(Note: This column is part of an ongoing series on “India’s Next Decade”. Over the next few columns, I have compiled a series of notes from various writers on what Kevin Werbach has called the Next WWW: Web Services, Weblogs and WiFi. Later, I will provide the context of how this is the set of opportunities our generation has to build new companies, and perhaps, a new India.)
Paul Abrahams and Thorold Barker write in Financial Times (April 14, 2002) about how WiFi and 3G are likely to co-exist:
Wi-Fi’s biggest disadvantage is that it is less flexible – consumers must be in a specific place to access services rather than being able to wander around at will. The positive side – laid out by Kent Thexton, chief data and marketing officer of MM0 – is that wireless Lan will get customers used to wireless data services outside the office or home and will help build the overall market. The technologies could then become complementary, with customers using cheaper wireless LAN when they are in a hot spot or need very high data speeds, and premium-priced 3G when on the move.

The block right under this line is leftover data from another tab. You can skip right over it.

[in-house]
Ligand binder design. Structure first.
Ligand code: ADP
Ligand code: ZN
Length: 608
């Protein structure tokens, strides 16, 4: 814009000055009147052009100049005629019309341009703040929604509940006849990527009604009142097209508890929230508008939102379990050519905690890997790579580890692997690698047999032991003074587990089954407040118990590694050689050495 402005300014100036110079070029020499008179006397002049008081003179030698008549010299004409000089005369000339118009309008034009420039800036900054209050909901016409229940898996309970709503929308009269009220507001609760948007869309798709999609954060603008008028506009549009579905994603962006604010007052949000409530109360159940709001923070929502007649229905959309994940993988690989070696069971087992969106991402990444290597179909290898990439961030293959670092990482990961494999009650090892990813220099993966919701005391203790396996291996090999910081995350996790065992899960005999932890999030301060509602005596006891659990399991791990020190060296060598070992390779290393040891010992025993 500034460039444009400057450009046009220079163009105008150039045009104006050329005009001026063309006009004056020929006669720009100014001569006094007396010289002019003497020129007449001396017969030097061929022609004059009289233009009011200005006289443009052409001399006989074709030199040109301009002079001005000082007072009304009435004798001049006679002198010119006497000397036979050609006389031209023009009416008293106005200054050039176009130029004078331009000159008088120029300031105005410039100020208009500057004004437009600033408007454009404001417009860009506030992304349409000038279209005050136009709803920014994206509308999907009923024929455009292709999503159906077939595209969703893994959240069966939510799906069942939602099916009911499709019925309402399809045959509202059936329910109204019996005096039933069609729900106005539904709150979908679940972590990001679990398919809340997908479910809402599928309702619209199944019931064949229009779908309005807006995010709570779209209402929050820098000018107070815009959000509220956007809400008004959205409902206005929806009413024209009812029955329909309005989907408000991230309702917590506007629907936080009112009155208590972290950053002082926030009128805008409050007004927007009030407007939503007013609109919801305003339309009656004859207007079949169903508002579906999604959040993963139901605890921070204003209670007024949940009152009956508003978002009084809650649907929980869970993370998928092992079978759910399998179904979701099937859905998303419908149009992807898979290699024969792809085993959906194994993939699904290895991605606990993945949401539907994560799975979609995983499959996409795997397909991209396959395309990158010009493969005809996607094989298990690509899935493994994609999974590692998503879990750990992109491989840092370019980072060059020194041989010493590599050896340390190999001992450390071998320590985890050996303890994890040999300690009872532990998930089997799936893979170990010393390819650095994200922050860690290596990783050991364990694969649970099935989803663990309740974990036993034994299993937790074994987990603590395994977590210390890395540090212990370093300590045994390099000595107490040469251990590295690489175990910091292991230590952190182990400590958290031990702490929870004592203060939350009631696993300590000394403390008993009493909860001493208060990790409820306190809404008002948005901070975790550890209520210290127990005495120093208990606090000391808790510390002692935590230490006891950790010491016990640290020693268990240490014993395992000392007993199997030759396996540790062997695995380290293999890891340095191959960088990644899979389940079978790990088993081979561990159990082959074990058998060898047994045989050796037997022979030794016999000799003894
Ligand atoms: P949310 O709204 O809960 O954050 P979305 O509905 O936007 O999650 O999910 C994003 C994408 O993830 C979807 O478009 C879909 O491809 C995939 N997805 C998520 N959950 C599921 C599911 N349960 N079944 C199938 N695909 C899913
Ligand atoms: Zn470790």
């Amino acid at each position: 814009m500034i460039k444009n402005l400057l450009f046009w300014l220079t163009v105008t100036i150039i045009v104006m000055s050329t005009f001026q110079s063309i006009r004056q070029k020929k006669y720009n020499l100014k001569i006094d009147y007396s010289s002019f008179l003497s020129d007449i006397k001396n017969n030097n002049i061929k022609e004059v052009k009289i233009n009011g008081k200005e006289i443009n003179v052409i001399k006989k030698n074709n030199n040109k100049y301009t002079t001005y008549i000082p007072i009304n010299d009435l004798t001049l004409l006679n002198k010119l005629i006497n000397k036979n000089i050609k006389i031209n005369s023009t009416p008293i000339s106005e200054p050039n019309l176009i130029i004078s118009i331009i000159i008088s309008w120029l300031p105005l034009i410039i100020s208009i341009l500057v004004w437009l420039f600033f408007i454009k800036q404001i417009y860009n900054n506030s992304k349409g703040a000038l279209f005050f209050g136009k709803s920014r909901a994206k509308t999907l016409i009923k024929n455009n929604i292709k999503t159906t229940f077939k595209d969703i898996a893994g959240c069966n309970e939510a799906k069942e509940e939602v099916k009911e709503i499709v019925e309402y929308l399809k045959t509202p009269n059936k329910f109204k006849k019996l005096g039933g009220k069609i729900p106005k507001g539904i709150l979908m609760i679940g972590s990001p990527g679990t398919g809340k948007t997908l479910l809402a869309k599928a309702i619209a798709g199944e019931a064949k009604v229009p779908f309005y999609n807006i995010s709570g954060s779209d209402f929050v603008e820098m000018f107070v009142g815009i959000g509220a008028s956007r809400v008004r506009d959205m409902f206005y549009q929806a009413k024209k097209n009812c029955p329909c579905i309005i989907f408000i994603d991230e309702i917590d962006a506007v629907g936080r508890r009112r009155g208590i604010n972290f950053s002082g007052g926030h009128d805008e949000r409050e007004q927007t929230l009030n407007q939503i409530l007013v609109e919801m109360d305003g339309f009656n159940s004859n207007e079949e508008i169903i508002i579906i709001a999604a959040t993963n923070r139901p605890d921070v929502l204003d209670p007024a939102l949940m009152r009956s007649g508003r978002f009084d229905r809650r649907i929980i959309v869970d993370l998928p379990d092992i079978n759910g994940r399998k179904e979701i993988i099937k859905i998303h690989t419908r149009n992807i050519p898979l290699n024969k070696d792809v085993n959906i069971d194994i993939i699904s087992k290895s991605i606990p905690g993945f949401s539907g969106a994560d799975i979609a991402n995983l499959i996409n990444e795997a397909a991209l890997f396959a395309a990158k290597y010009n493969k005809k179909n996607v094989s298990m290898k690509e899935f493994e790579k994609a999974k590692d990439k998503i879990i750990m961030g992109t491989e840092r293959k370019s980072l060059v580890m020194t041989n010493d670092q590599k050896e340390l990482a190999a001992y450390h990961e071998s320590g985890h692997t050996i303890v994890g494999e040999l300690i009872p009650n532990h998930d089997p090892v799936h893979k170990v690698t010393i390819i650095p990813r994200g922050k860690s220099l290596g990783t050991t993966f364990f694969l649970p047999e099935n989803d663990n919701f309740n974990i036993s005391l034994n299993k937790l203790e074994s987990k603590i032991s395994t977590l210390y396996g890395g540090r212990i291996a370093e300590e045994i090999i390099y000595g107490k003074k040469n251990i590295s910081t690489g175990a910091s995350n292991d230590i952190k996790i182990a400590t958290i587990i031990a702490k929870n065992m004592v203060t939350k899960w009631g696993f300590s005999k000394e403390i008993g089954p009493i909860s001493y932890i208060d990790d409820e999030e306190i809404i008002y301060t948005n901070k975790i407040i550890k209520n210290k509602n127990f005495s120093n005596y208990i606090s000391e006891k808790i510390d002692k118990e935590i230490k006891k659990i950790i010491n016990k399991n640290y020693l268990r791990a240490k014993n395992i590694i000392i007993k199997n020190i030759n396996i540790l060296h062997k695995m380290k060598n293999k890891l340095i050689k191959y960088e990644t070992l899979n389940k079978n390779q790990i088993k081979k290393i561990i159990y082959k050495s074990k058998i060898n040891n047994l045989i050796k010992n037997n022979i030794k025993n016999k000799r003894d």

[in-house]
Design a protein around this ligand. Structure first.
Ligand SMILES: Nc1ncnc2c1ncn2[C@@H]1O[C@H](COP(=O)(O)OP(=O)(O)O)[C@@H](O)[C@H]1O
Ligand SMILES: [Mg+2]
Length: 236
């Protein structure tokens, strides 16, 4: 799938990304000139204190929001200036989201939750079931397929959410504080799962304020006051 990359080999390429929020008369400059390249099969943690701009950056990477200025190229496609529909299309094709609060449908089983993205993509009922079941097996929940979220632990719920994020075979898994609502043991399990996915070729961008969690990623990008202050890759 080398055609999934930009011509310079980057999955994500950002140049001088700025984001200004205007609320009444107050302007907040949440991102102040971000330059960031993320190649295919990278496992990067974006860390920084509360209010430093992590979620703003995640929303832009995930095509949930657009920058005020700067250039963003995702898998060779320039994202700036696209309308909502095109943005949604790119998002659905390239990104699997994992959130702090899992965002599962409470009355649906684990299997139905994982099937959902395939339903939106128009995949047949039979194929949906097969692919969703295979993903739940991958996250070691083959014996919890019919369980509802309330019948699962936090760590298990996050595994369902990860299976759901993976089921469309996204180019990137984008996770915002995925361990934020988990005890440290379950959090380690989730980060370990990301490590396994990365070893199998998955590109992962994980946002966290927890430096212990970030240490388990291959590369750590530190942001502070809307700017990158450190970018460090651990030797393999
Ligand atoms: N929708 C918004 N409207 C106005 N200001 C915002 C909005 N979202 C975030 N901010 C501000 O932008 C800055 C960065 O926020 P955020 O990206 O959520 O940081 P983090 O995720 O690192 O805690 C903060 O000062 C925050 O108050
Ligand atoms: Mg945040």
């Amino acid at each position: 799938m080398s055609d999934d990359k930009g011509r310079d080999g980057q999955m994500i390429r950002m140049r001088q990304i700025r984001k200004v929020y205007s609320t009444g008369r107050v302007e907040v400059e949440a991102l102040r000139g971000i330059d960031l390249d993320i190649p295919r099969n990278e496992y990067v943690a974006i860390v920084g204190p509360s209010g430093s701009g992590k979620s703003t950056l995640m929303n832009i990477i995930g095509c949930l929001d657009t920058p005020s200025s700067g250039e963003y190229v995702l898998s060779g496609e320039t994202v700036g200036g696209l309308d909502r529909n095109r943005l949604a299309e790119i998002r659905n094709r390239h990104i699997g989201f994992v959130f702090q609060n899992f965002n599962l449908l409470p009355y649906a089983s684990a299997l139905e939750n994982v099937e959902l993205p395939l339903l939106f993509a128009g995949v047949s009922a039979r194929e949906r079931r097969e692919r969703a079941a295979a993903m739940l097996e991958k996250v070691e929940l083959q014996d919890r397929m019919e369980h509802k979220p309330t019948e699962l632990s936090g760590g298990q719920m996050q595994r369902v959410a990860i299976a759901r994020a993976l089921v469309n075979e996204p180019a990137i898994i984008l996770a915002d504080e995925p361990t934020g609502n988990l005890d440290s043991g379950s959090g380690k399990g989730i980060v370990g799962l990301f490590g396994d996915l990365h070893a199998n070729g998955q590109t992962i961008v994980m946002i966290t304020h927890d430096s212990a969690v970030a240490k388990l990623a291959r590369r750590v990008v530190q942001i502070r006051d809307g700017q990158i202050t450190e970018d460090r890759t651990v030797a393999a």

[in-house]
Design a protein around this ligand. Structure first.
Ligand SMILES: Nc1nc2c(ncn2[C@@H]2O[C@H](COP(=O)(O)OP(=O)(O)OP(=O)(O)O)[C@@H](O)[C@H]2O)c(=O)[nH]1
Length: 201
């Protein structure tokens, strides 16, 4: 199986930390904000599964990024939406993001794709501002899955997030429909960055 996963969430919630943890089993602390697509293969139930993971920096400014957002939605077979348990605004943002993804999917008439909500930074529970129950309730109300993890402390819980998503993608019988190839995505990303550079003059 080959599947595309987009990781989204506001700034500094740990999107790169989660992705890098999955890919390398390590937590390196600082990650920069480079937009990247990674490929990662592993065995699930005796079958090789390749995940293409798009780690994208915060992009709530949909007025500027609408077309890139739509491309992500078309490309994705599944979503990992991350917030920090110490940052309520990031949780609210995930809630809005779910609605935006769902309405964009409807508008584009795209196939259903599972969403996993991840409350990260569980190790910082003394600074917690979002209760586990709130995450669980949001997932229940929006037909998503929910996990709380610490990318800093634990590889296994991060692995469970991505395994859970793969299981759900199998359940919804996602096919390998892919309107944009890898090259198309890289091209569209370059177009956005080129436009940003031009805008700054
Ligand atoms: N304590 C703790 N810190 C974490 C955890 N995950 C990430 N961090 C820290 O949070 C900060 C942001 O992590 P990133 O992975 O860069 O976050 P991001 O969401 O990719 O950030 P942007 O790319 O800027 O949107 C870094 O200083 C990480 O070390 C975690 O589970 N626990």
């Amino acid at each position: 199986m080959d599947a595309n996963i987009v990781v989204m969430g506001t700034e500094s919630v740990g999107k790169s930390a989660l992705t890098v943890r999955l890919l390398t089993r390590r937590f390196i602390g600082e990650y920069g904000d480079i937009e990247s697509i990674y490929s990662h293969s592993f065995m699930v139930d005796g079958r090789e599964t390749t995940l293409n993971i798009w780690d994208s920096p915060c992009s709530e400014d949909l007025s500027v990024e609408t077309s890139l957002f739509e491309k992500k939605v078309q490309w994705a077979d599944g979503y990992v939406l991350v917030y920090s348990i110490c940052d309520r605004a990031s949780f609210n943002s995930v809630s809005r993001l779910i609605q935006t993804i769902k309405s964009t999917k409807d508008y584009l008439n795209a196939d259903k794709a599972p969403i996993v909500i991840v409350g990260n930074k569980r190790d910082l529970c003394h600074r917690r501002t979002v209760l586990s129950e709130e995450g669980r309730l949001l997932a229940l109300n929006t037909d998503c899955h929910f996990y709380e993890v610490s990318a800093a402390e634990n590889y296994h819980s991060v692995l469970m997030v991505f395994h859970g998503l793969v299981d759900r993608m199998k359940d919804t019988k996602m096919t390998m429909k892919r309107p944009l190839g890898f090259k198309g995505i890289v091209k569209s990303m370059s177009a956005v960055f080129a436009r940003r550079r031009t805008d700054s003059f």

Amey Stone, writing in Business Week (April 1, 2002), argues that 3G may in fact find it difficult to compete with WiFi:
This grassroots flavor — similar to the bottom-up movement from which the Web itself sprang in the mid-1990s — is what makes Wi-Fi so powerful, say tech analysts and consultants. “This came out of left field,” says Andrew Cole, the global wireless practice leader at Adventis. “Now all the major carriers are sitting up and taking notice.”
This is a vastly different wireless Web than the one the major network operators envisioned. The six big wireless carriers in the U.S. have spent billions on buying spectrum licenses and building 3G networks that can carry data at high speeds. Only 3G will give you a connection to the Internet that’s always open from anywhere — while driving down a lonely back road, for example.